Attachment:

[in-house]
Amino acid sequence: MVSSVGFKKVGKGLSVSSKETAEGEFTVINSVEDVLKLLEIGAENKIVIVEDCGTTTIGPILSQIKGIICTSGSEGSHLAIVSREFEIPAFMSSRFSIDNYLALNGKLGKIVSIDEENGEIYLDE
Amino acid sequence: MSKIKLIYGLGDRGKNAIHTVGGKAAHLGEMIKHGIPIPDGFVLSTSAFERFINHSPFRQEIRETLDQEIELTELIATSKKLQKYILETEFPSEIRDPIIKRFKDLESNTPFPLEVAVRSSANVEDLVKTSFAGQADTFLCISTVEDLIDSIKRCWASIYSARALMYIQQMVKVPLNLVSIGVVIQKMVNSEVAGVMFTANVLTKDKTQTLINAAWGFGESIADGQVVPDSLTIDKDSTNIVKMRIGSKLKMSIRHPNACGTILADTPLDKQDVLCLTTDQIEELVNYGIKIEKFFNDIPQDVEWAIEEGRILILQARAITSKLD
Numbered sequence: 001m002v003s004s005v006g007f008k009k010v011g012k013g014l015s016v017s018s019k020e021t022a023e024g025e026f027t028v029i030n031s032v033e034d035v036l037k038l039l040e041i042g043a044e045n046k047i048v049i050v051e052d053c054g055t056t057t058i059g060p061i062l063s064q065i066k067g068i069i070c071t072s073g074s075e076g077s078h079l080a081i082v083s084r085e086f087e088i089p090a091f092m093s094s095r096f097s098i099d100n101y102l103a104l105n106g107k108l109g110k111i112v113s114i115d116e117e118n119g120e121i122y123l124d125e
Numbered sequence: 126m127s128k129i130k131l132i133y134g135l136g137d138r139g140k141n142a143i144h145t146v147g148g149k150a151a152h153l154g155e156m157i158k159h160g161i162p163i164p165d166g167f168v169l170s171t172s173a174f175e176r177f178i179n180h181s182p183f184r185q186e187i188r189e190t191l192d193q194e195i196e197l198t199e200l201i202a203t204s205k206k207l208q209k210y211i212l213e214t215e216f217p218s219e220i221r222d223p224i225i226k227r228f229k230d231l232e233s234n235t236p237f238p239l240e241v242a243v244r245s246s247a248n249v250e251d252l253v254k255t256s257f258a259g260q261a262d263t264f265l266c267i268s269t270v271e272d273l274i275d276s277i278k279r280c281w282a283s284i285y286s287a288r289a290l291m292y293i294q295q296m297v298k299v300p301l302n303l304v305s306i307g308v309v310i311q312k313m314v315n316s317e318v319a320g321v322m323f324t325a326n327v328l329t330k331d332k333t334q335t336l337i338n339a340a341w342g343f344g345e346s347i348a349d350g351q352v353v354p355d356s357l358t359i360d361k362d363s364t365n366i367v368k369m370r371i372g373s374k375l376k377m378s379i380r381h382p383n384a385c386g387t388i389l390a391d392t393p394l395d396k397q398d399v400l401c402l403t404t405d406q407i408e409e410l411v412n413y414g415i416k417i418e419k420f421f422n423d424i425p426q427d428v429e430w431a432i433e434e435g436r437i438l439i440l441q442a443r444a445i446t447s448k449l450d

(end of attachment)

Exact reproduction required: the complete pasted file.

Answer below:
[in-house]
Amino acid sequence: MVSSVGFKKVGKGLSVSSKETAEGEFTVINSVEDVLKLLEIGAENKIVIVEDCGTTTIGPILSQIKGIICTSGSEGSHLAIVSREFEIPAFMSSRFSIDNYLALNGKLGKIVSIDEENGEIYLDE
Amino acid sequence: MSKIKLIYGLGDRGKNAIHTVGGKAAHLGEMIKHGIPIPDGFVLSTSAFERFINHSPFRQEIRETLDQEIELTELIATSKKLQKYILETEFPSEIRDPIIKRFKDLESNTPFPLEVAVRSSANVEDLVKTSFAGQADTFLCISTVEDLIDSIKRCWASIYSARALMYIQQMVKVPLNLVSIGVVIQKMVNSEVAGVMFTANVLTKDKTQTLINAAWGFGESIADGQVVPDSLTIDKDSTNIVKMRIGSKLKMSIRHPNACGTILADTPLDKQDVLCLTTDQIEELVNYGIKIEKFFNDIPQDVEWAIEEGRILILQARAITSKLD
Numbered sequence: 001m002v003s004s005v006g007f008k009k010v011g012k013g014l015s016v017s018s019k020e021t022a023e024g025e026f027t028v029i030n031s032v033e034d035v036l037k038l039l040e041i042g043a044e045n046k047i048v049i050v051e052d053c054g055t056t057t058i059g060p061i062l063s064q065i066k067g068i069i070c071t072s073g074s075e076g077s078h079l080a081i082v083s084r085e086f087e088i089p090a091f092m093s094s095r096f097s098i099d100n101y102l103a104l105n106g107k108l109g110k111i112v113s114i115d116e117e118n119g120e121i122y123l124d125e
Numbered sequence: 126m127s128k129i130k131l132i133y134g135l136g137d138r139g140k141n142a143i144h145t146v147g148g149k150a151a152h153l154g155e156m157i158k159h160g161i162p163i164p165d166g167f168v169l170s171t172s173a174f175e176r177f178i179n180h181s182p183f184r185q186e187i188r189e190t191l192d193q194e195i196e197l198t199e200l201i202a203t204s205k206k207l208q209k210y211i212l213e214t215e216f217p218s219e220i221r222d223p224i225i226k227r228f229k230d231l232e233s234n235t236p237f238p239l240e241v242a243v244r245s246s247a248n249v250e251d252l253v254k255t256s257f258a259g260q261a262d263t264f265l266c267i268s269t270v271e272d273l274i275d276s277i278k279r280c281w282a283s284i285y286s287a288r289a290l291m292y293i294q295q296m297v298k299v300p301l302n303l304v305s306i307g308v309v310i311q312k313m314v315n316s317e318v319a320g321v322m323f324t325a326n327v328l329t330k331d332k333t334q335t336l337i338n339a340a341w342g343f344g345e346s347i348a349d350g351q352v353v354p355d356s357l358t359i360d361k362d363s364t365n366i367v368k369m370r371i372g373s374k375l376k377m378s379i380r381h382p383n384a385c386g387t388i389l390a391d392t393p394l395d396k397q398d399v400l401c402l403t404t405d406q407i408e409e410l411v412n413y414g415i416k417i418e419k420f421f422n423d424i425p426q427d428v429e430w431a432i433e434e435g436r437i438l439i440l441q442a443r444a445i446t447s448k449l450d